Hi
I need help with this problem:
10 playing cards are numbered 1 to 10. 3 different cards are randomly selected. Calculate the probability that the sum of the numbers selected are at most 9?
Any help will be greatly appreciated.
Almost every thing is wrong with it. Did you complete the list I started?
$123,~124,~125,~126,~134,~135,~234$ That is only seven favorable outcomes. Are there any others?
How many total outcomes are there. See here.
What answer do you get?
NO! The adding the numbers in the set $\{1,~2,~3\}$ gives the sum of six no matter how one orders the numbers.
Hence this problem comes-down to counting the number of three element subsets that have a sum $~S\le 9$.
Now $6\le S\le 27$, $1+2+3=6~\&~8+9+10=27$. How many of those subsets have a sum $\le 9~?$
This is a question about content and not about order.
This should be clearly solved using a Tree Diagram,
with branches each of which the First card has $\displaystyle \frac{1}{10}$ probability, Second card $\displaystyle \frac{1}{9}$ and Third card has $\displaystyle \frac{1}{8}$ as he is picking out one card after the other without replacement.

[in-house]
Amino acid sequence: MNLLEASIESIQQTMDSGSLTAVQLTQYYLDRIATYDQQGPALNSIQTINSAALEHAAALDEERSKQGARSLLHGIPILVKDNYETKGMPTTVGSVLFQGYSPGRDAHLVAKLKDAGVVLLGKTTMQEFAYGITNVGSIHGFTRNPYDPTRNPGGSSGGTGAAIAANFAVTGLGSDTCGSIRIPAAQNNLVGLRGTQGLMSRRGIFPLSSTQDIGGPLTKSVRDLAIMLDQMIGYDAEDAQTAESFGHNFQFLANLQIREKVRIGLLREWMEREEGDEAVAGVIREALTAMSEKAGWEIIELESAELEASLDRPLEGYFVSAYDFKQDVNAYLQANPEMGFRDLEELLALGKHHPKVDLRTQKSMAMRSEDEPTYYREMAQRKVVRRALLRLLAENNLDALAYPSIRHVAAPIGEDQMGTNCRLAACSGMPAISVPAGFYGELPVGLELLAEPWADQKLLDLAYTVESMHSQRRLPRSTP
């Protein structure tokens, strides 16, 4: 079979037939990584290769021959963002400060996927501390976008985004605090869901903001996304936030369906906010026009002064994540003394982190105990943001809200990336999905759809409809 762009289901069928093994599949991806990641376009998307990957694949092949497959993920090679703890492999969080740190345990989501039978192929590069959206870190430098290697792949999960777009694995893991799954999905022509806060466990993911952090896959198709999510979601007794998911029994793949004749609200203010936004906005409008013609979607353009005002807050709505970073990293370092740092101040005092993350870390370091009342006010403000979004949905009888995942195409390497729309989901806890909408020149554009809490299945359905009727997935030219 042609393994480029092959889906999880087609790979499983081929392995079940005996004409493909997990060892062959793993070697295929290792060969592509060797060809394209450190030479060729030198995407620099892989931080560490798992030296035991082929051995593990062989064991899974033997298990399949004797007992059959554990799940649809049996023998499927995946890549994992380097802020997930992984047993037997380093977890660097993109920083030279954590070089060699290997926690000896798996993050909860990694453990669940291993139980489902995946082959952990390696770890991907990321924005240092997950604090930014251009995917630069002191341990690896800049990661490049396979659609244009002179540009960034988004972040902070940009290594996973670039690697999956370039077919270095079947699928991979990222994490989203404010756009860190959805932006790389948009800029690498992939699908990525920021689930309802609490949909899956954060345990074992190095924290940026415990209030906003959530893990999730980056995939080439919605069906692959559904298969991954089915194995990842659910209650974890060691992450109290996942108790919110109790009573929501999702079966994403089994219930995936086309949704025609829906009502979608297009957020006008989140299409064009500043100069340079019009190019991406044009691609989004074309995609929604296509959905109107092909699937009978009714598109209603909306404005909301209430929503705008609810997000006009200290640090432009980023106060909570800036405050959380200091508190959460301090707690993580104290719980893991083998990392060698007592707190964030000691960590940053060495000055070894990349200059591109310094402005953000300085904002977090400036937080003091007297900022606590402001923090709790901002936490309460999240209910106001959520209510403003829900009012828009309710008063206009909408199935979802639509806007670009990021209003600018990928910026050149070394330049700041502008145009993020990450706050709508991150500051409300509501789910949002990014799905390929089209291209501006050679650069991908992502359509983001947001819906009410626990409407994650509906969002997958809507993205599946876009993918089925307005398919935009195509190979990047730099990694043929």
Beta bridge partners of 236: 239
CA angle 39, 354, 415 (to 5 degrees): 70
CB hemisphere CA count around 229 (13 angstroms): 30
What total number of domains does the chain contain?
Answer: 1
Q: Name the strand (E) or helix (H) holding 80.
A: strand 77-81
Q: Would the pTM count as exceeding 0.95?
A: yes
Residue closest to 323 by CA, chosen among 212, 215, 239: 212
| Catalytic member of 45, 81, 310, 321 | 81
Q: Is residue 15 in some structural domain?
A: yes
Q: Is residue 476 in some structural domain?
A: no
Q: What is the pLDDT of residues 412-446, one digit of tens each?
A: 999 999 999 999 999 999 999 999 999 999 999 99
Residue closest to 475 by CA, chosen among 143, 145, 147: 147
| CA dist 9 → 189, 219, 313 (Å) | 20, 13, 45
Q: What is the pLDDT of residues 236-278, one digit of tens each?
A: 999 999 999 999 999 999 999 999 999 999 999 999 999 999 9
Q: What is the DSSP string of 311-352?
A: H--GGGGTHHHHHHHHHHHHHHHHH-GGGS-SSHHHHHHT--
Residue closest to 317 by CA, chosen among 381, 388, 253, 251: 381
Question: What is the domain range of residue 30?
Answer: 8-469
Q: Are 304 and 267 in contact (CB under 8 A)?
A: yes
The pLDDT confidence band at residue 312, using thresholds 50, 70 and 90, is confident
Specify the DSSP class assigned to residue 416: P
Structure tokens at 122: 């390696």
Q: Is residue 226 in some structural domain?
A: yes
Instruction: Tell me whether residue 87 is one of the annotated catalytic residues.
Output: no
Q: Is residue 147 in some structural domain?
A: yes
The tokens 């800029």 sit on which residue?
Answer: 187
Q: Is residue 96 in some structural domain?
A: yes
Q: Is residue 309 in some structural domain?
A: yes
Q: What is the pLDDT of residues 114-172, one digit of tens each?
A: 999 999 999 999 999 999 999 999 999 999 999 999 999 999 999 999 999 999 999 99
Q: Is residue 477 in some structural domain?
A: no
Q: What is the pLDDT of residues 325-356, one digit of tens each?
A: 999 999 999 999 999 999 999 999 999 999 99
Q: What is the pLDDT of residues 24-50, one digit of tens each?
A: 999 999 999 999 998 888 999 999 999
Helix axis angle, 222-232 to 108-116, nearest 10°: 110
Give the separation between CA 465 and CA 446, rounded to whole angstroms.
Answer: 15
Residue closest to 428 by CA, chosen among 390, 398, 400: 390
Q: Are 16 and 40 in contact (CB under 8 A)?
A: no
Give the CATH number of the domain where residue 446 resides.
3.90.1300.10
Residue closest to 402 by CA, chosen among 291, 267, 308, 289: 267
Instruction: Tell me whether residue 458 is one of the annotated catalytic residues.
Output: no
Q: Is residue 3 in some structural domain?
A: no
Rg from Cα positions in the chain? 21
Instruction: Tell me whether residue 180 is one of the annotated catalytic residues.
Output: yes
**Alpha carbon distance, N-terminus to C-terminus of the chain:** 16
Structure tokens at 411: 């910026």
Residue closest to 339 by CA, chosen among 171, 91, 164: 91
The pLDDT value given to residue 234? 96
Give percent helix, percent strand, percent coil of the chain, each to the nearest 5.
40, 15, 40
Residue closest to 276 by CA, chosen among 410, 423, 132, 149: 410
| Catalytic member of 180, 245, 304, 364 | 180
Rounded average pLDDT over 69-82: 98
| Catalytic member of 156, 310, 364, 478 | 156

Each of these 4 basic and unique entries sums to 9 and each occurred in 3! = 6 times (ex. 1 2 6, 1 6 2, 2 1 6, 2 6 1, 6 1 2, 6 2 1 etc.) throughout the tree diagrams.
1 1 7
1 2 6
1 3 5
1 4 4
The probability sum of the $\displaystyle 4 \times 3!$ outcomes:
$\displaystyle \left (\frac{1}{10}\times \frac{1}{9}\times \frac{1}{8} \right )\times 4\times 3! = \frac{1}{30} $ correct!
But I think it is wrong to consider 7 entries 3 of which are repeated combinations, because they are already considered in the $\displaystyle \times 3!$:
1 1 7
1 2 6
1 3 5
1 4 4
1 5 3
1 6 2
1 7 1
Giving,
$\displaystyle \left (\frac{1}{10}\times \frac{1}{9}\times \frac{1}{8} \right )\times 7\times 3! = \frac{7}{120} $ wrong !?!
@zikcau25;813647], did you bother to read the OP much less the entire theard?
Obviously not, or else you don't understand decks of cards.
Here is the OP: There are only ten cards numbered 1 thru 10.
Thus there is no way you can choose three of then and have $144$.
Umm, example:
1 4 4 (represents 1 arrangement of the 3 numbered cards and that the sum of the 3 numbers on these 3 cards add up to 9 only)
1: the number written on the first card,
4: the number written on the second card,
4: the number written on the third card
Precisely there with spaces in between, I mean 1, 4, 4 taken separately or 1+4+4= 9 (sum) and not 144 as a whole value alone.
Thanks.